Extreme heat waves and droughts are common natural disasters in European Russia. The frequency and severity of heat waves have been on the rise in recent decades across Europe—a trend that is projected to continue into the 21st century. These disasters have complex social, economic, and environmental consequences reaching beyond their geographical boundaries. The extreme heat wave of 2010 had global-scale impacts on food security and regional-scale impacts on ecosystem functioning, air quality, and health. The outcomes were exacerbated by the forestry management and crop rotation practices employed in the region. The century-long economic preference for fast-growing conifers resulted in large uniform single-species even-aged pine stands, which are at least 2.5 times more likely to support fire ignition and to spread than dark-coniferous or mixed stands. Although extreme conditions result in fires that burn through all forest types indiscriminately, uniform pine stands encourage rapid fire growth and spread to uncontrollable levels. Similarly, a recent focus on more economically profitable late-spring crops resulted in the long-term depletion of soil moisture from expanded sunflower and corn cropping, which resulted in decreased soil moisture storage across cultivated lands, leaving them vulnerable to even minor droughts. The major drought of 2010 led to widespread crop yield declines and failure; however, only 2 % of the fields with late-spring crops that were cultivated in 5 of 10 years were impacted by drought, versus 63 % of comparable fields where late spring crops were planted in 8 of the 10 years.
Tatiana Loboda, Olga Krankina, Igor Savin, Eldar Kurbanov, Joanne Hall

Agricultural Fires in European Russia, Belarus, and Lithuania and Their Impact on Air Quality, 2002–2012

Abstract
This chapter describes the first research to quantify air pollution emissions at a moderate to coarse scale from agricultural burning in Belarus, Lithuania, and European Russia using MODIS and Landsat-based estimates of fire, land-cover and land-use. Agricultural burning in Belarus, Lithuania, and European Russia showed a strong and consistent seasonal geographic pattern from 2002 to 2012, with the majority of fires occurring from March to June and a smaller peak in July and August. Over this 11-year period, there was a decrease in both cropland and pasture burning throughout the region. For Smolensk Oblast, a Russian administrative region with comparable agro-environmental conditions to Belarus and Lithuania, a detailed analysis of Landsat-based burned area estimations for croplands, pastures and field data collected in summer 2014 showed that the agricultural burning area can be up to 10 times larger than the 1 km MODIS active fire estimates. Using the annual MODIS and Landsat-based burned area estimations, we identified 25 carbon, particulate matter , volatile organic carbon (VOCs) , and harmful air pollutants (HAPs) emissions for all agricultural burning, including both croplands and pastures. In general, European Russia is the main source of agricultural burning emissions. Lithuania and Belarus have relatively minor contributions. Indeed, emissions from certain agricultural burning air pollutants in European Russia are so large that they are equivalent to 5 % of emissions from all sectors (industry, energy, transportation, all sources of fire) in Lithuania and likely in other neighboring Eastern European countries.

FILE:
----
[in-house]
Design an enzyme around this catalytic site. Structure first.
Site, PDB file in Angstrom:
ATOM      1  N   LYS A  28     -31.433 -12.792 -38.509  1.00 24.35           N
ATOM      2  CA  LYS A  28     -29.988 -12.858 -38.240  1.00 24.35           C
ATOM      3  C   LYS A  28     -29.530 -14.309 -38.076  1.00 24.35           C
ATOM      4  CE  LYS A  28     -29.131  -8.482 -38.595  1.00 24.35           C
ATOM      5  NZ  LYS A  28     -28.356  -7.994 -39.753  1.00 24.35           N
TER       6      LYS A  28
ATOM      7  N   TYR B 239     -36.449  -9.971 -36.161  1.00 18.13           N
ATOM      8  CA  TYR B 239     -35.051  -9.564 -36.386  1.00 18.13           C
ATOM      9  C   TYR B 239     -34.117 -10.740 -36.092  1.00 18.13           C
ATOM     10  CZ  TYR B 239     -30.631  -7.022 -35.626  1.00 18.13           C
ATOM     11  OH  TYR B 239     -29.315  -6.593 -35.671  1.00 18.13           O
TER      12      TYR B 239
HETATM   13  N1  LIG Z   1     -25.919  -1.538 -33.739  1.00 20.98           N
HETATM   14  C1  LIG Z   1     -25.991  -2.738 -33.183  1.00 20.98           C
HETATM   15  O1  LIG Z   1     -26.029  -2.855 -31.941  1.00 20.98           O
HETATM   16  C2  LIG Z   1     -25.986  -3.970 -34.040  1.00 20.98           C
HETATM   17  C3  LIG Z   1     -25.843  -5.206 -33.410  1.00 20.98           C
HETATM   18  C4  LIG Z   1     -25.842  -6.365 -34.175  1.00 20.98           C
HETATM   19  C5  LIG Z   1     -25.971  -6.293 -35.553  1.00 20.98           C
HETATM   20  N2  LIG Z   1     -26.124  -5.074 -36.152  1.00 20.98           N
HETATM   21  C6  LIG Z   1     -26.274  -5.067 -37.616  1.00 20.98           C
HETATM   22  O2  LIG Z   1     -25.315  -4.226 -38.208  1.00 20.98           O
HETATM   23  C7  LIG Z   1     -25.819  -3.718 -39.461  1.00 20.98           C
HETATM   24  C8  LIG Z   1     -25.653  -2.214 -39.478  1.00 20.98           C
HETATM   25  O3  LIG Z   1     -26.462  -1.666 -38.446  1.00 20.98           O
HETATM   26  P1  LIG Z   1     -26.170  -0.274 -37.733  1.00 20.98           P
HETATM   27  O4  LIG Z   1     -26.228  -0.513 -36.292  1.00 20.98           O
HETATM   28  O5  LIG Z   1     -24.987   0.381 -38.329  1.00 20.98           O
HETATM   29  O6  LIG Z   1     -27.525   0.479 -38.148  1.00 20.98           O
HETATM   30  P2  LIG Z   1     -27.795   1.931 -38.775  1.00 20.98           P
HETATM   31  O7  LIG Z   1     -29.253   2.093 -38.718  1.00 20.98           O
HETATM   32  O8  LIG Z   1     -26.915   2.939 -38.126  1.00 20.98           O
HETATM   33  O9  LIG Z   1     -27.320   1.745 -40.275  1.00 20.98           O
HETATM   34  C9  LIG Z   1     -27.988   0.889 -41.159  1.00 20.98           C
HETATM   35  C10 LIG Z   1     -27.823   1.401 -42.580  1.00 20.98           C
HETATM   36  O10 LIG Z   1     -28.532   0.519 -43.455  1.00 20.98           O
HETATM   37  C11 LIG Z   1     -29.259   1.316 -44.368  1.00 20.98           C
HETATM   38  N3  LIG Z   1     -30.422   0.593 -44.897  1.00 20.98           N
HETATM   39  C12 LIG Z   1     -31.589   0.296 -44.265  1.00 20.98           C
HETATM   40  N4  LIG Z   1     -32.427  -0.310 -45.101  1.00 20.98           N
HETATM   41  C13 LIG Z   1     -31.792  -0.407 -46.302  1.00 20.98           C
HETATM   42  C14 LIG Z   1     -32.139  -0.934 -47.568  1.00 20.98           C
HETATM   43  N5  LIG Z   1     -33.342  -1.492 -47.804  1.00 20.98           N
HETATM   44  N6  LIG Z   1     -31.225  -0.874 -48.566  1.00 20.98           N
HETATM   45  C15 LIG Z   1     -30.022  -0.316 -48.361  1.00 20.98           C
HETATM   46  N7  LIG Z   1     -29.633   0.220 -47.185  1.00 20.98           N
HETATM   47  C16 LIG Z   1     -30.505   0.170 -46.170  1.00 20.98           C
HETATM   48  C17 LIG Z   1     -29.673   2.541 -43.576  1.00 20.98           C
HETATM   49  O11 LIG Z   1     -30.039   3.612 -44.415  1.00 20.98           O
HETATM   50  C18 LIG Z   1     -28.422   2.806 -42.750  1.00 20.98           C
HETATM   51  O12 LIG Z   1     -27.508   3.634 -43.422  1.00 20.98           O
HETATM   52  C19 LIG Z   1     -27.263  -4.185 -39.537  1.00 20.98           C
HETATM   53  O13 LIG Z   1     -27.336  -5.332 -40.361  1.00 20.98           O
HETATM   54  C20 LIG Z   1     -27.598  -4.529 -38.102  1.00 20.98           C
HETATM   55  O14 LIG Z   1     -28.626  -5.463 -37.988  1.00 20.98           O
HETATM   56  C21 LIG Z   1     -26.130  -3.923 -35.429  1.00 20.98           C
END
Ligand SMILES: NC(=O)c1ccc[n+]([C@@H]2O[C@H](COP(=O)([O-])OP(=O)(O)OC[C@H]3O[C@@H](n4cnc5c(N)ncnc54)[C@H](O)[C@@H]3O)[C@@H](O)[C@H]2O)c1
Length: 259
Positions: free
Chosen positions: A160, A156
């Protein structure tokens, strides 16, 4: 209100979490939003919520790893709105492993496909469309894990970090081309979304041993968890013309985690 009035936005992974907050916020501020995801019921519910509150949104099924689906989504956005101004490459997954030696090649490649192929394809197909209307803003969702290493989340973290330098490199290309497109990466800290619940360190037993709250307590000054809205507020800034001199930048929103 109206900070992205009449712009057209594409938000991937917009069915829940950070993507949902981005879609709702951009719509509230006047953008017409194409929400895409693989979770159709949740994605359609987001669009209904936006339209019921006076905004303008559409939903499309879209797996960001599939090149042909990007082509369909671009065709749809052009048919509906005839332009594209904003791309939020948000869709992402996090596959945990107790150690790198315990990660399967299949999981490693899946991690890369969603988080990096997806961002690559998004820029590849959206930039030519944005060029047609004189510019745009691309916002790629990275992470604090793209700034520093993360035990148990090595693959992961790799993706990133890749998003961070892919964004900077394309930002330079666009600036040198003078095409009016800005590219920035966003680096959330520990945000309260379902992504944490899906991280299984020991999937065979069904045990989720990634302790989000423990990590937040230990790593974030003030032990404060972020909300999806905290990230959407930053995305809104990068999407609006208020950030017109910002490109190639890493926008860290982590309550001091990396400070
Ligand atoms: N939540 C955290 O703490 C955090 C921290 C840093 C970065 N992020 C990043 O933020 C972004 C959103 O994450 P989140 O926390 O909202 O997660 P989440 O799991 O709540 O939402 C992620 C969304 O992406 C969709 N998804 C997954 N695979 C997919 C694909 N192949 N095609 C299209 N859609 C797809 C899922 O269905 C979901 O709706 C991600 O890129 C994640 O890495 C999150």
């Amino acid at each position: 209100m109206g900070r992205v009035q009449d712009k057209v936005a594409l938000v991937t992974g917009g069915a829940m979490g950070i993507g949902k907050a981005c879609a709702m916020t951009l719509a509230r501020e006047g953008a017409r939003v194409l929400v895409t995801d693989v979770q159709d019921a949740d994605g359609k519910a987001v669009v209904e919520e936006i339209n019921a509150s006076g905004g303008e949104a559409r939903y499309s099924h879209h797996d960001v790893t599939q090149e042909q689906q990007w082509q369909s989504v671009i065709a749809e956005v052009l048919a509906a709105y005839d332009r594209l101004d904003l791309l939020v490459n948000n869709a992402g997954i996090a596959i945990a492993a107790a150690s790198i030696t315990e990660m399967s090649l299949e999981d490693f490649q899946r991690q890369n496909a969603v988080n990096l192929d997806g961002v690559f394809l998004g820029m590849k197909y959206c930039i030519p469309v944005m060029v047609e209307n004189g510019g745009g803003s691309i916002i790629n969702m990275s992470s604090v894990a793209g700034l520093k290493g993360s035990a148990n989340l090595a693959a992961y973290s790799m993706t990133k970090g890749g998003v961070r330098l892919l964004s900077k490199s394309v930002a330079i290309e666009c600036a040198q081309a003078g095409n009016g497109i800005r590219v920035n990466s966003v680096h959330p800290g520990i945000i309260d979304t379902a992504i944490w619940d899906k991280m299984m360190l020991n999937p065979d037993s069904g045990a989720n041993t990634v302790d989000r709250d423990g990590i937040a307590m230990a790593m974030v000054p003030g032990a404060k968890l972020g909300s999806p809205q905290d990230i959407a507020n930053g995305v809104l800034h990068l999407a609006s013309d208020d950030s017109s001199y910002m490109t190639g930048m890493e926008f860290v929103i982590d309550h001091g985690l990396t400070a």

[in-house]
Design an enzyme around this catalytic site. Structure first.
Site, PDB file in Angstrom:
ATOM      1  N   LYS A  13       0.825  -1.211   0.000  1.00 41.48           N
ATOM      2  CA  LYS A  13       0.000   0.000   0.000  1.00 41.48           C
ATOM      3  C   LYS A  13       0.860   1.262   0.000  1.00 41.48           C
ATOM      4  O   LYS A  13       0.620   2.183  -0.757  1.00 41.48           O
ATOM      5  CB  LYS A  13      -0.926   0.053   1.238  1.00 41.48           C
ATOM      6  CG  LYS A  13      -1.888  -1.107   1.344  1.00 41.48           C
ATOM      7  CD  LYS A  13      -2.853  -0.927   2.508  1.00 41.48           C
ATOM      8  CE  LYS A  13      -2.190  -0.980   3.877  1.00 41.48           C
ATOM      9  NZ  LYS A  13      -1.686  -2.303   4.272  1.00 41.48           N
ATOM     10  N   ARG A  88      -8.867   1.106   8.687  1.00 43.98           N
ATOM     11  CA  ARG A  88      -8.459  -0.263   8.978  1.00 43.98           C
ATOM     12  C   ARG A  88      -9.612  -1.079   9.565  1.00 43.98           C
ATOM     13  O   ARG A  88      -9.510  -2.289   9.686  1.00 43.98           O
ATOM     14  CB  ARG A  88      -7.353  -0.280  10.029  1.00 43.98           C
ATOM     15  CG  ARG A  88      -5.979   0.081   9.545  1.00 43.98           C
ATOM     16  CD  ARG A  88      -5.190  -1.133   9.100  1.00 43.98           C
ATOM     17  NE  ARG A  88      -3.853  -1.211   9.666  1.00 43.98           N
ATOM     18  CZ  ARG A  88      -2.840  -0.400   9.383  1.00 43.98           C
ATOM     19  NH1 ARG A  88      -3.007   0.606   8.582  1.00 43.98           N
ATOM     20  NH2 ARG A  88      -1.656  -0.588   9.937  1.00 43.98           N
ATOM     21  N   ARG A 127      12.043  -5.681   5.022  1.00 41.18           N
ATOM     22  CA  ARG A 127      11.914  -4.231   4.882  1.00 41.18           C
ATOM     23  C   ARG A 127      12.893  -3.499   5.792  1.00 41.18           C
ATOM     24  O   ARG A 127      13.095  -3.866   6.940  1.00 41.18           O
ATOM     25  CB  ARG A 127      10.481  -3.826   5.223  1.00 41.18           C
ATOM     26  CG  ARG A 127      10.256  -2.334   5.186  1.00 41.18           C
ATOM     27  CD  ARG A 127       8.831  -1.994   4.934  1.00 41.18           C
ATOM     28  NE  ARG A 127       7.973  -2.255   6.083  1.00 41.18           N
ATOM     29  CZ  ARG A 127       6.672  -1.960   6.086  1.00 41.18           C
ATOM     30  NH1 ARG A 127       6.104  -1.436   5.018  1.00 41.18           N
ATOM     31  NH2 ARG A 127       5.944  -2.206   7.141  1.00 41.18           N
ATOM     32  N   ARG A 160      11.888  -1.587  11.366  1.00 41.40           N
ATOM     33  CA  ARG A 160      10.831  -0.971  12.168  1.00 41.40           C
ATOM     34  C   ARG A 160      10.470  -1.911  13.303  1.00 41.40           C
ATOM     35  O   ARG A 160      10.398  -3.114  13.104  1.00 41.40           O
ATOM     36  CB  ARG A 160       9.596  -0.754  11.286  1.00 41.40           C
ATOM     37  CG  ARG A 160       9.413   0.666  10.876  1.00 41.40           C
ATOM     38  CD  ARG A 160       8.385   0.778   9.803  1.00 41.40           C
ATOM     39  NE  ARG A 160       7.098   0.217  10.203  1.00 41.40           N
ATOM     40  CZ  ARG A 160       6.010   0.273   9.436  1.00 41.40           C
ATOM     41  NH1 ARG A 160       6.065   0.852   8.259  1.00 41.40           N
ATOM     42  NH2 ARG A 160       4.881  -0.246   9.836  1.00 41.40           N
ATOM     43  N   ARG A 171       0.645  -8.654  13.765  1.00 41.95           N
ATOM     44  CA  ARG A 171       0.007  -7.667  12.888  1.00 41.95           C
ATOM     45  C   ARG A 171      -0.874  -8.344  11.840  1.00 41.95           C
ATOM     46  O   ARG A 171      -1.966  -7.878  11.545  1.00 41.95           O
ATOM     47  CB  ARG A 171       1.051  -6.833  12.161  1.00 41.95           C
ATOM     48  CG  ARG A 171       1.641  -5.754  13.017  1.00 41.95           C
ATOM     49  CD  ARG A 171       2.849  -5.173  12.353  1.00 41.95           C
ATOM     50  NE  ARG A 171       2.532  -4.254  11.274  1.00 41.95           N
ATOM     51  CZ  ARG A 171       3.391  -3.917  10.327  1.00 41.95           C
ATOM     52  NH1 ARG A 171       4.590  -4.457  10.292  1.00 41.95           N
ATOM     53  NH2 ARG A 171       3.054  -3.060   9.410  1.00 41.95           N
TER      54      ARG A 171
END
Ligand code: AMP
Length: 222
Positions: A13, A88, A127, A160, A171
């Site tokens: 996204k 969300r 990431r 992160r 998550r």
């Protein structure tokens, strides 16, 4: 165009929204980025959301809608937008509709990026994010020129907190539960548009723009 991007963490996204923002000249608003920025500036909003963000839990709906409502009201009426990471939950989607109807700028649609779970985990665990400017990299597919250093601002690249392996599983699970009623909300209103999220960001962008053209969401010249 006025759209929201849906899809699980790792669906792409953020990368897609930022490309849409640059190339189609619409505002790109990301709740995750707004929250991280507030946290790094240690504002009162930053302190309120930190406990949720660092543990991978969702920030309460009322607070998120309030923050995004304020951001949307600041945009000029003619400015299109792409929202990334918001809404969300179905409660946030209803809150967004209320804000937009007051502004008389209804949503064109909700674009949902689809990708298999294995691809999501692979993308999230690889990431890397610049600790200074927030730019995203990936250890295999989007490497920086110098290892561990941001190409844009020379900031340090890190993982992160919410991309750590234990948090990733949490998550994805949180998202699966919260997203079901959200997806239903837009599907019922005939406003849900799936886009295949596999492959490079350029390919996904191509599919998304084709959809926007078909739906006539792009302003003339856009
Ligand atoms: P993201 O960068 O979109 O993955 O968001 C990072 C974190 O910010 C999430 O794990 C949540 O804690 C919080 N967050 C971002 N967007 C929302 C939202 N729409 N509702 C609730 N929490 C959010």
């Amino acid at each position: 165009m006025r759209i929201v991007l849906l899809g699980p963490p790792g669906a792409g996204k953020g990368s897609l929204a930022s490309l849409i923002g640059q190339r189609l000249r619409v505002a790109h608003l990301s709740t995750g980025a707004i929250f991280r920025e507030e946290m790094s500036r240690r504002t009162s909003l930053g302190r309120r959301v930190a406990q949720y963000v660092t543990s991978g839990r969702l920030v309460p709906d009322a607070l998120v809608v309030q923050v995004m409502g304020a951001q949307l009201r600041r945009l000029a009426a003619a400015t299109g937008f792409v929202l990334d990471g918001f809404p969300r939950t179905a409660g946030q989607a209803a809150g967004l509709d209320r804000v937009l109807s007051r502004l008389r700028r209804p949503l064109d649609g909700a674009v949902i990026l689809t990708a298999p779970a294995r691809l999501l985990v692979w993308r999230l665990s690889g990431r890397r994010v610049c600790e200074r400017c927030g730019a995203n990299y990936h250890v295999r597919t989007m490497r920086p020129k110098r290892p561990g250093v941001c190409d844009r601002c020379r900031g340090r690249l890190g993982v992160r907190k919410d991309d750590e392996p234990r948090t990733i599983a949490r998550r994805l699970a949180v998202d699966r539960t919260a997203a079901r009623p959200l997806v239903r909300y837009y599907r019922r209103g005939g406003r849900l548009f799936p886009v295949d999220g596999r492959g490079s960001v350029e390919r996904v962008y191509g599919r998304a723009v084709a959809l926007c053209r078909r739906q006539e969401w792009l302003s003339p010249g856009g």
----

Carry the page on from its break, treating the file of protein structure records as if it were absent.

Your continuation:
Jessica L. McCarty, Alexander Krylov, Alexander V. Prishchepov, David M. Banach, Alexandra Tyukavina, Peter Potapov, Svetlana Turubanova

Land Change in European Russia: 1982–2011

Abstract
In this chapter, we use change analysis at three spatial resolutions (8 km, 500 m, and 30 m) to investigate land changes in European Russia occurring between 1982 and 2011. We first apply the nonparametric Seasonal Kendall trend test to the improved GIMMS 3g AVHRR NDVI dataset in three ten-year epochs: 1982–1991, 1991–2000, and 2000–2009. We investigate the changes in each individual period to determine the consistency of the change analysis. We then use Landsat and MODIS imagery to identify the arable lands in the grain belt of European Russia. We report on cultivation frequency, which is a key management decision that affects soil carbon stocks in croplands. We previously demonstrated for two MODIS tiles that the cultivation frequency strongly depends on location. Here we extend the analysis to a third MODIS tile. We conclude with a discussion of visible changes on the ground for four study regions: Kostroma, Chuvash Republic, Samara, and Stavropol.
Kirsten de Beurs, Grigory Ioffe, Tatyana Nefedova, Geoffrey Henebry

Erratum to: Land Change in the Carpathian Region Before and After Major Institutional Changes

Without Abstract
Catalina Munteanu, Volker Radeloff, Patrick Griffiths, Lubos Halada, Dominik Kaim, Jan Knorn, Jacek Kozak, Tobias Kuemmerle, Juraj Lieskovsky, Daniel Müller, Katarzyna Ostapowicz, Oleksandra Shandra, Premysl Stych

Backmatter